China's contribution was the most keenly awaited. The world's second
largest economy has the largest pile of foreign reserves, $US3.2 trillion.

Its contribution fell below only Japan's $US60bn and Germany's $US54.7bn
but was ahead of France and all other donors.

The largest economy, the US, on the other hand is not contributing
anything, despite its huge voting power on the IMF board.

While Washington has insisted Europe has enough resources to resolve its
problems itself, it is also abundantly clear that the deeply divided US
congress is in no mood, given the economic problems in America, to
contribute rescue funds for others.

The contributions from the BRICS came with warnings that they want to
see changes at the IMF, where their voting power is a fraction of their
power in the global economy, and that the money should not be reserved
for Europe.

They also said the new funding would be tapped only after the IMF's
existing pool of resources - $US380bn - is used.

"This would promote adequate burden-sharing among IMF creditors," they
said, in an apparent dig at Washington for not joining the fund-raising.

(5) Shifting power balance sees China, Japan dig deep to save the West

RICHARD GLUYAS The Australian June 20, 2012 12:00AM

THE arrival of the Asian century has been underscored with news that
China will kick in $US43 billion ($42.4bn) to the International Monetary
Fund's global firewall.

China's commitment, which is the third largest after Japan ($US60bn) and
Germany ($US54.7bn), compares with a weighty contribution from the
mighty US -- zero.

The US is clearly wrestling with its own problems, and a donation to
Europe’s begging bowl would be political poison in an election year.
Even so, the latest commitments to the new $US430bn fund, which were
announced during the G20 summit in Mexico, highlight the anomaly of the
US and Europe controlling key global institutions such as the IMF and
the World Bank, when the centre of economic power is tilting east. ...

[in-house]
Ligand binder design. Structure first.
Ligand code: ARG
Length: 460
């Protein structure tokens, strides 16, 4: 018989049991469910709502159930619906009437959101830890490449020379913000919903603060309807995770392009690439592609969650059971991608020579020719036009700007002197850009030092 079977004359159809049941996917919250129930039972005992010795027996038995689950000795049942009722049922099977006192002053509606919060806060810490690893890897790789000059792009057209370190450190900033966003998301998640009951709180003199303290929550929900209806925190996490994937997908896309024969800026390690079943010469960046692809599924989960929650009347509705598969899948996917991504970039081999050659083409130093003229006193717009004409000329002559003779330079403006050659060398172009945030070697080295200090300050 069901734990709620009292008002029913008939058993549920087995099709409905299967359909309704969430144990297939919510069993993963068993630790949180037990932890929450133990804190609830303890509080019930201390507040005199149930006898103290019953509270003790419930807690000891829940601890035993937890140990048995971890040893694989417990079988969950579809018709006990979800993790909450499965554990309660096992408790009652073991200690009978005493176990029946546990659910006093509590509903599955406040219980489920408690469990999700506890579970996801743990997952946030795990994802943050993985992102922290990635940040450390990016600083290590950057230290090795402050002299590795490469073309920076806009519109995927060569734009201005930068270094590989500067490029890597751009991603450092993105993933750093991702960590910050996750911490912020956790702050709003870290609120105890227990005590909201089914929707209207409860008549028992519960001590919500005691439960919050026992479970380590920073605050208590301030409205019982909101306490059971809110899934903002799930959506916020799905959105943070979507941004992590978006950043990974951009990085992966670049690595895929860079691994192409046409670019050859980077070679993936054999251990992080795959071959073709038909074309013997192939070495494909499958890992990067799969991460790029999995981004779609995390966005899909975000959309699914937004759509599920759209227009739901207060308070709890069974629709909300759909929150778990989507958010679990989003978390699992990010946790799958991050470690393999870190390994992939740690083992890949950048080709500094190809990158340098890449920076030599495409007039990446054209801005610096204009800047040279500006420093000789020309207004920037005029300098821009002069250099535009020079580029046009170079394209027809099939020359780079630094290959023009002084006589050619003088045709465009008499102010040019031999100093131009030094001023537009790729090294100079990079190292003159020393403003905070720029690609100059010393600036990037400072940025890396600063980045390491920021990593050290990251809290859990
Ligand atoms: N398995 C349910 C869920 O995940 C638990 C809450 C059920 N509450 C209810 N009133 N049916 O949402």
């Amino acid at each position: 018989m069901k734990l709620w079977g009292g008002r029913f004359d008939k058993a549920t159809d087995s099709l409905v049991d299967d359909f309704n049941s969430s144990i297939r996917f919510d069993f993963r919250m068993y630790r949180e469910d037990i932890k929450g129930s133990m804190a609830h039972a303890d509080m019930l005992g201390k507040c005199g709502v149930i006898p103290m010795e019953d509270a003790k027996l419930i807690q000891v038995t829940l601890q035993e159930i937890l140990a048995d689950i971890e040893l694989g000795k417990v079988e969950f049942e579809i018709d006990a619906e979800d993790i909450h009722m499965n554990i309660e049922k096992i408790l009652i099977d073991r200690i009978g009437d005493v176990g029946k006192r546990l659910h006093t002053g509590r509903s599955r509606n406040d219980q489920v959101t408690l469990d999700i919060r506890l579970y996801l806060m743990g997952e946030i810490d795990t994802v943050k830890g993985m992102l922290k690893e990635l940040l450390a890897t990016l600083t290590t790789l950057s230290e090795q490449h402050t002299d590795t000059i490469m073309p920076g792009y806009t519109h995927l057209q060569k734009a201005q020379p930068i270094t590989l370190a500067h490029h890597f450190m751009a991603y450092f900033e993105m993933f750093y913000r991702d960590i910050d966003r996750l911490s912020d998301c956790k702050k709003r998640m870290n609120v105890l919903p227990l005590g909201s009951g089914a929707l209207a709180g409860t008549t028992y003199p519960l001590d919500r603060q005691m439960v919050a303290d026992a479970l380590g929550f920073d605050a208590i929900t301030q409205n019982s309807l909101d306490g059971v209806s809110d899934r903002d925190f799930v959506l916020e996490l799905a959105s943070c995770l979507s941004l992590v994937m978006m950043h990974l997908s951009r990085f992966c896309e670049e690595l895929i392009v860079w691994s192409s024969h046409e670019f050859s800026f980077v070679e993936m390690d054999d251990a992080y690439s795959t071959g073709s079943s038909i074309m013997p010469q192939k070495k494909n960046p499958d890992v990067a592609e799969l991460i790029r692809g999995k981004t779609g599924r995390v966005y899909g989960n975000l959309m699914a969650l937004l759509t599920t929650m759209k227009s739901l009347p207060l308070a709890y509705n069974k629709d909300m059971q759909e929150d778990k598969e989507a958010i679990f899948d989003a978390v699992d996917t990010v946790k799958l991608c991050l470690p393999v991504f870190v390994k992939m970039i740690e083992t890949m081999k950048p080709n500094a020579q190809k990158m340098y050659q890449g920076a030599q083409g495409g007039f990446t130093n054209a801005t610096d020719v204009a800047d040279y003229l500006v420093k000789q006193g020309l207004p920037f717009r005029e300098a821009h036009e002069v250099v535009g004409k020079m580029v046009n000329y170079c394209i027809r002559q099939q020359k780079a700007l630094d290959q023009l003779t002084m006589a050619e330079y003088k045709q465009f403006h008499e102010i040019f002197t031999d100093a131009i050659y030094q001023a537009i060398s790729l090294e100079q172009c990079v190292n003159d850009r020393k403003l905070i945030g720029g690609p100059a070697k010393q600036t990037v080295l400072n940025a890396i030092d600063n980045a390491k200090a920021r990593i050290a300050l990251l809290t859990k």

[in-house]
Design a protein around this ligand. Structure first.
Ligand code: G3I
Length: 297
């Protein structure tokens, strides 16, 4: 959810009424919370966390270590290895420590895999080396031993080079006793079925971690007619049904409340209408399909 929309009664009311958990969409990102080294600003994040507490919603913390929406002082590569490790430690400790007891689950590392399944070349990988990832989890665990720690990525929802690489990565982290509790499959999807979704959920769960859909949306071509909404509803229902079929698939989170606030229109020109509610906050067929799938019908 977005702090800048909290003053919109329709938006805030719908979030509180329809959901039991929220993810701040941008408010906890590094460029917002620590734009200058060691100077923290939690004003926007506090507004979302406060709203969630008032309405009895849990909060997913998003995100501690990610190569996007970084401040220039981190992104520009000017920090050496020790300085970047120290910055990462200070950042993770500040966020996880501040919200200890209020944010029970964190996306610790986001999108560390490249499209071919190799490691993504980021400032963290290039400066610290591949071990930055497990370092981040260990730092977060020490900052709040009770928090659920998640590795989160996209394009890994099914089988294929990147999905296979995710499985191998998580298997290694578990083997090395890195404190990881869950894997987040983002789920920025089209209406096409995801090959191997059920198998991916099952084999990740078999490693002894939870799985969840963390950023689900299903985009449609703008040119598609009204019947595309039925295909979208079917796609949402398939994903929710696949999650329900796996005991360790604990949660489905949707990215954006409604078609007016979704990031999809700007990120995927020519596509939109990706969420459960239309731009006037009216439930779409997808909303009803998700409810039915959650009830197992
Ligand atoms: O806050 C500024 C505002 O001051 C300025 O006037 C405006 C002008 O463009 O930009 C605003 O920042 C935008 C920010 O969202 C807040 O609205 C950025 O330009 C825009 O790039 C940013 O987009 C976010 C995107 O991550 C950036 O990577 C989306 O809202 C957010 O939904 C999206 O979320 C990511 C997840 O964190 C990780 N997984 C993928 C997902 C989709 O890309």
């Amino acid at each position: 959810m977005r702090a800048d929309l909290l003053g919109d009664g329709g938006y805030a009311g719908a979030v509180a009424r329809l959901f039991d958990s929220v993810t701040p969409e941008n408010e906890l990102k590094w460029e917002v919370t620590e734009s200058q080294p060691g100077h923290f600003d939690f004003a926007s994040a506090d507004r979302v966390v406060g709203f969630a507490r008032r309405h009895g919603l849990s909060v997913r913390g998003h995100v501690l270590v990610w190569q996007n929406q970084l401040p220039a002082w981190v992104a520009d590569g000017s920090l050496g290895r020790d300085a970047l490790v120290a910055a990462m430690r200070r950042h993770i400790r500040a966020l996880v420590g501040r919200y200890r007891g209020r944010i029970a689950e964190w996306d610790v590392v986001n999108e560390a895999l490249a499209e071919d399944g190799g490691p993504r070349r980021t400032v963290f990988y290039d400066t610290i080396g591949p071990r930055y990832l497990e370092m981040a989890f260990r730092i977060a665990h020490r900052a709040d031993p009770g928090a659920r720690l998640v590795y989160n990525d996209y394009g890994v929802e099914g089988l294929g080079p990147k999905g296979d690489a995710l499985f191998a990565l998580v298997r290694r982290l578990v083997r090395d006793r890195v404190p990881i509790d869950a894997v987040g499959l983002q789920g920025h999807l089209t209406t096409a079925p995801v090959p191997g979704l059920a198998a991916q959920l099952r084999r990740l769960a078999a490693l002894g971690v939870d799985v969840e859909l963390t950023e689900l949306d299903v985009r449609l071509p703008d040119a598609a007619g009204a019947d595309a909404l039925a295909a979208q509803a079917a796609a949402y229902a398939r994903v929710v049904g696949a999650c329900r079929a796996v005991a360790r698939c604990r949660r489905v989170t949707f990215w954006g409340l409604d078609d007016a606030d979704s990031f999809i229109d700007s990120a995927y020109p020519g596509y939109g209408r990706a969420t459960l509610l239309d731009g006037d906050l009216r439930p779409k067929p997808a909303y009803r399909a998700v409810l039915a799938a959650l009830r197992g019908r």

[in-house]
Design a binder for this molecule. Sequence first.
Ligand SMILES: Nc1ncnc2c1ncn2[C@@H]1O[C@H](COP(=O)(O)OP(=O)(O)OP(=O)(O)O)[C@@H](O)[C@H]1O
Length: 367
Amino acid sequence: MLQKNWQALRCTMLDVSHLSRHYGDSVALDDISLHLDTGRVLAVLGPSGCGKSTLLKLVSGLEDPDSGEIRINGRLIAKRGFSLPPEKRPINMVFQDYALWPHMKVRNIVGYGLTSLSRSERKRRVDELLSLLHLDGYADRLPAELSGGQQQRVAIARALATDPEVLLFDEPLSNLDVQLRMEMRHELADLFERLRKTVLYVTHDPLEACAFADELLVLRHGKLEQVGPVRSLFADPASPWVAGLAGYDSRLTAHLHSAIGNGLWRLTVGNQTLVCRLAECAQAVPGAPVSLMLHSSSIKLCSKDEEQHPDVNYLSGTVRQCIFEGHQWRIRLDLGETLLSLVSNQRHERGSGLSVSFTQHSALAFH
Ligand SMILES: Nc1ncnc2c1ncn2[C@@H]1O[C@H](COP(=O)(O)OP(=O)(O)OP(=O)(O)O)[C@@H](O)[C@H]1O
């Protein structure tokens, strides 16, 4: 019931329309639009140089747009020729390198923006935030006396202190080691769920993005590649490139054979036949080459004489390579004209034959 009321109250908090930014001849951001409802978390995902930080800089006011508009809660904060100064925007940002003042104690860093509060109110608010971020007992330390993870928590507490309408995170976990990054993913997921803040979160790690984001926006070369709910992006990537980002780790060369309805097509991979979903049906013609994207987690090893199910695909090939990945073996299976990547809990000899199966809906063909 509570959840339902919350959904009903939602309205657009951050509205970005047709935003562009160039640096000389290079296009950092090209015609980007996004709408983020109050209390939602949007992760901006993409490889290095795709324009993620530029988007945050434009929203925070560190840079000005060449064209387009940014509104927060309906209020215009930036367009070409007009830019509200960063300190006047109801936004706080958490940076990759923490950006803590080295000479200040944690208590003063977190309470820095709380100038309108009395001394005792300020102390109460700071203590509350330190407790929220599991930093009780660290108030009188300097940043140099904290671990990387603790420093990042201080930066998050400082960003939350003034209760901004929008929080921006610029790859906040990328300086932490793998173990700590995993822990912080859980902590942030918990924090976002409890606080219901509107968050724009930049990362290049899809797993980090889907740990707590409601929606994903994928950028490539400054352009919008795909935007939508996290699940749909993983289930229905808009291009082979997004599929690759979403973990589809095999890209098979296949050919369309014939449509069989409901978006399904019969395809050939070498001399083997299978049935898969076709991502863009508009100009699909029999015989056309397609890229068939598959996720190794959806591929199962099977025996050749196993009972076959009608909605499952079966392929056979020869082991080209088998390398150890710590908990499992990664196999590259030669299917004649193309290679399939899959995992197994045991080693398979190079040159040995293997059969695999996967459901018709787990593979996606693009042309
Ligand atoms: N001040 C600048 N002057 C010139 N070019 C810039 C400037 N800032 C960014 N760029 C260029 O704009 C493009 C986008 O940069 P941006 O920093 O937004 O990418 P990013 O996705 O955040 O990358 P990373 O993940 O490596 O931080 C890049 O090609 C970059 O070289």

(6) China and Japan need to do more than contribute to Europe's 'Begging
Bowl' - John Craig

From: John Craig <john.cpds@gmail.com> Date: 20 June 2012 11:01

Richard Gluyas,

The Australian

Re: Shifting power balance sees China, Japan dig deep to save the West,
The Australia, 20/6/12

Your article suggested that the arrival of the Asian century is
underscored by the funding committed by China and Japan to the IMF
(which is now in effect ‘Europe’s begging bowel’) while the US did not
do so.

However this is just a continuation of the practices that got the world
economy into its current mess. Supressing domestic consumption so as to
generate savings which have to be exported and thus boost demand (and
rising debt levels) in trading partners has been foundational to the
systems of socio-political-economy that have been the basis of economic
miracles in East Asia. Such countries have needed to protect their
poorly developed financial systems, and this resulted in the
international financial imbalances that played a major role in
generating the global financial crisis (eg see Structural
Incompatibility Puts Global Growth at Risk; Understanding East Asia's
Neo-Confucian Systems of Socio-political-economy
<http://cpds.apana.org.au/Teams/Articles/AsiaSustainable.htm>, The Asian